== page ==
TAU researchers examine 'great expectations' in the workplace
A new study finds that managers who expect more from their employees get more from them, too. (2008-04-29)

Argonne's Crabtree elected to National Academy of Sciences
George W. Crabtree, a senior scientist and administrator at the US Department of Energy's Argonne National Laboratory, was elected a member of the National Academy of Sciences for his excellence in original scientific research. Membership in the NAS is one of the highest honors given to a scientist or engineer in the United States. Crabtree will be inducted into the Academy next April during its 146th annual meeting in Washington, D.C. (2008-04-29)

PNNL reaches goal to change world one light at a time
PNNL has enlisted more than 1,000 employees who have pledged to replace at least one incandescent bulb or fixture in their homes with one that has earned the government's Energy Star label. By meeting this goal, PNNL will collectively conserve more than two million kilowatt-hours of energy per year and reduce greenhouse gas emissions by nearly three million pounds. (2008-04-22)

Use of ghostwriters, guest authors appears frequent for studies involving rofecoxib
An examination of medical articles about rofecoxib and court documents from litigation related to this product indicates that company employees or other unacknowledged authors were frequently involved in writing clinical trial articles and review articles, but that primary authorship was often attributed to academically affiliated investigators who may have had little to do with the study, or who did not always disclose financial support from the sponsor of the study, according to an article in the April 16 issue of JAMA. (2008-04-15)

Study finds economic burden of health insurance increasing for small employers
The economic burden of providing health insurance for workers increased more for small businesses than for large ones from 2000 to 2005, but the spike did not cause a significant number of small employers to abandon the benefit, according to a study issued today by the RAND Corp. Small businesses (those with 25 or fewer employees) saw the expense of providing health insurance rise by nearly 30 percent during the study period. (2008-04-04)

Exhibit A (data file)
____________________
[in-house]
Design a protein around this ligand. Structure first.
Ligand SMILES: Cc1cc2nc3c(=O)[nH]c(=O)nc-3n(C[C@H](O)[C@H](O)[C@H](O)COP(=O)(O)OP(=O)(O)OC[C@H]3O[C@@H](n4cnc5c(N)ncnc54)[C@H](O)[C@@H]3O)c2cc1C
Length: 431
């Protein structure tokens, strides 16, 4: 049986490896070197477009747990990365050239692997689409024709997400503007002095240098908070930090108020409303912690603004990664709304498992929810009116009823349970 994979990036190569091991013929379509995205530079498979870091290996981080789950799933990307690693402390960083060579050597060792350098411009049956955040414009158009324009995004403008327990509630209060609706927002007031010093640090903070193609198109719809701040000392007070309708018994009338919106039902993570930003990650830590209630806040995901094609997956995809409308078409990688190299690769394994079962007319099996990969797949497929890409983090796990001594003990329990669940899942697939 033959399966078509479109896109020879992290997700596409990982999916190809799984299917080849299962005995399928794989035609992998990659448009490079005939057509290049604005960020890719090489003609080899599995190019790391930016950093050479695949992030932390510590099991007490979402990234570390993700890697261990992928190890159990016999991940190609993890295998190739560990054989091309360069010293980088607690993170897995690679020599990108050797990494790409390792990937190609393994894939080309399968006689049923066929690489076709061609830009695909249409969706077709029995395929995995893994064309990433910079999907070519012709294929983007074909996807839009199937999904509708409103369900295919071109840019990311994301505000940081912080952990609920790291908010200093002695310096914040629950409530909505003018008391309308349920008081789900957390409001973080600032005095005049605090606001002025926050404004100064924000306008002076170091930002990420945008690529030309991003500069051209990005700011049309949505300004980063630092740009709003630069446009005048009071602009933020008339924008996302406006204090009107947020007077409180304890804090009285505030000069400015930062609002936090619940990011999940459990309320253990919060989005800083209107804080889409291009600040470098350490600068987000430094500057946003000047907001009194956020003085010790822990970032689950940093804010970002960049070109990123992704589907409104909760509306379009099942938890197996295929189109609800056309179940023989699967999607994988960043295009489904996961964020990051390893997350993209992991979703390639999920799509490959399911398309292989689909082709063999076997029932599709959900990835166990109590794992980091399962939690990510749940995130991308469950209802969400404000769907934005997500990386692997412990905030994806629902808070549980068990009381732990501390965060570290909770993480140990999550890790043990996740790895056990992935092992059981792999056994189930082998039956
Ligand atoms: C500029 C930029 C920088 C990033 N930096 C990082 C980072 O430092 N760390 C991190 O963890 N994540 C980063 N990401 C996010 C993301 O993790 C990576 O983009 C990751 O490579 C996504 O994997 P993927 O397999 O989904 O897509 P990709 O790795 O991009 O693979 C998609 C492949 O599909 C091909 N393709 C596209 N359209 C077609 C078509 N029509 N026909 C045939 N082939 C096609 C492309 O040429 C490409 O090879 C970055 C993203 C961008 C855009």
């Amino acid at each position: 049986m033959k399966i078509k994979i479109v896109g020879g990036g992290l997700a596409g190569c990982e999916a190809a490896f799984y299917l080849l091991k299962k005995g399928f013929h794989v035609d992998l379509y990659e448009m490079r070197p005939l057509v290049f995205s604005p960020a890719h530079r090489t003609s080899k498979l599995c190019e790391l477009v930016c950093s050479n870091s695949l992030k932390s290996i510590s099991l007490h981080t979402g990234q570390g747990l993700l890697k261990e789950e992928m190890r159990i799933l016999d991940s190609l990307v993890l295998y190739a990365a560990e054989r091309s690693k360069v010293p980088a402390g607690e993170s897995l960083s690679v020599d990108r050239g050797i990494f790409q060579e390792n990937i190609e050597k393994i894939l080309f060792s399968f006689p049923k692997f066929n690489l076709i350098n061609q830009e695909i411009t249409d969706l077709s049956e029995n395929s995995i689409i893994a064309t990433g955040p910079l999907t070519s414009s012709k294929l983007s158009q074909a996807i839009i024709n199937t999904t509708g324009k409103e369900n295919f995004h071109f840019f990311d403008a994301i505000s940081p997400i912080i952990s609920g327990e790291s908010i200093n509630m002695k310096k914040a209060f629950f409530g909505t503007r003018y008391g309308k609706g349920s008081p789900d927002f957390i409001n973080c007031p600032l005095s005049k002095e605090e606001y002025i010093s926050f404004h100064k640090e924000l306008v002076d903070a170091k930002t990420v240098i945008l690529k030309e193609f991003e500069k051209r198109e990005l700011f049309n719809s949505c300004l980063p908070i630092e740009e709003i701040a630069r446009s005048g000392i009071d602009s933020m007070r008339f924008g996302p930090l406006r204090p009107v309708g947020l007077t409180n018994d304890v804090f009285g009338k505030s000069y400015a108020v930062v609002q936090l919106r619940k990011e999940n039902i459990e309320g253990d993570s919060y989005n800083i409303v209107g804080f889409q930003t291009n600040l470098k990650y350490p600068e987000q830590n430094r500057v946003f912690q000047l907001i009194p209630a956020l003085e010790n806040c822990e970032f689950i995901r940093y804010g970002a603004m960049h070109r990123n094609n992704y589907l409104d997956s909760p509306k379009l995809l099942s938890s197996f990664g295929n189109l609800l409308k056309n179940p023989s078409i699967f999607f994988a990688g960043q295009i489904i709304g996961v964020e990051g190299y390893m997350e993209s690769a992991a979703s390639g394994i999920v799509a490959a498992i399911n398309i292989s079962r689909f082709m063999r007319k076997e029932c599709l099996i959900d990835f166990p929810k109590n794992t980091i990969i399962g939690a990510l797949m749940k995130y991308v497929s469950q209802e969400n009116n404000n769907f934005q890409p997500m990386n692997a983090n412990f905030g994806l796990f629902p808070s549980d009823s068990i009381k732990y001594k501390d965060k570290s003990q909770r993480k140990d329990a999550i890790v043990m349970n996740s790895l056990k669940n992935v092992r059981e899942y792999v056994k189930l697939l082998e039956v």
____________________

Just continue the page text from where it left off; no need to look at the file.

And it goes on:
NIST shows on-card fingerprint match is secure, speedy
A fingerprint identification technology for use in Personal Identification Verification cards that offers improved protection from identity theft meets the standardized accuracy criteria for federal identification cards according to NIST researchers. (2008-04-02)

Boosting self-esteem can backfire in decision-making
Smart business leaders understand that confidence affects decision-making and ultimately a company's earnings. But giving employees positive feedback in the hopes of promoting better decisions sometimes can backfire, suggests new research from the psychology department and the Kellogg School of Management at Northwestern University and the London Business School. Positive feedback actually can escalate perceived threats to the ego and increase the need to prove that a questionable decision was the right one. (2008-03-31)

3-D imaging -- first insights into magnetic fields
Researchers from the Hahn-Meitner-Institute in Berlin in cooperation with University of Applied Sciences in Berlin have succeeded, for the first time, in a direct, 3-D visualization of magnetic fields inside solid, non-transparent materials. (2008-03-30)

Hospitality tops list of industries with highest rates of alcohol problems
According to a new report by Ensuring Solutions to Alcohol Problems at the George Washington University Medical Center, alcohol-related problems are disproportionately represented in American business, with employees in the hospitality, construction and wholesale industries significantly more likely to be dependent on or abuse alcohol. (2008-03-25)

Money buys happiness when you spend on others: UBC and Harvard research
Researchers at the University of British Columbia and the Harvard Business School have found that it's possible to buy happiness after all: when you spend money on others. (2008-03-20)

Home workers fear being 'out of sight, out of mind'
Working from home reduces stress in office workers but leads to fears about career progression, according to new research announced Tuesday, March 18. (2008-03-17)

Bullying more harmful than sexual harassment on the job, say researchers
Workplace bullying, such as belittling comments, persistent criticism of work and withholding resources, appears to inflict more harm on employees than sexual harassment, say researchers who presented their findings at a conference today. (2008-03-08)

New study reveals profound impact of our unconscious on reaching goals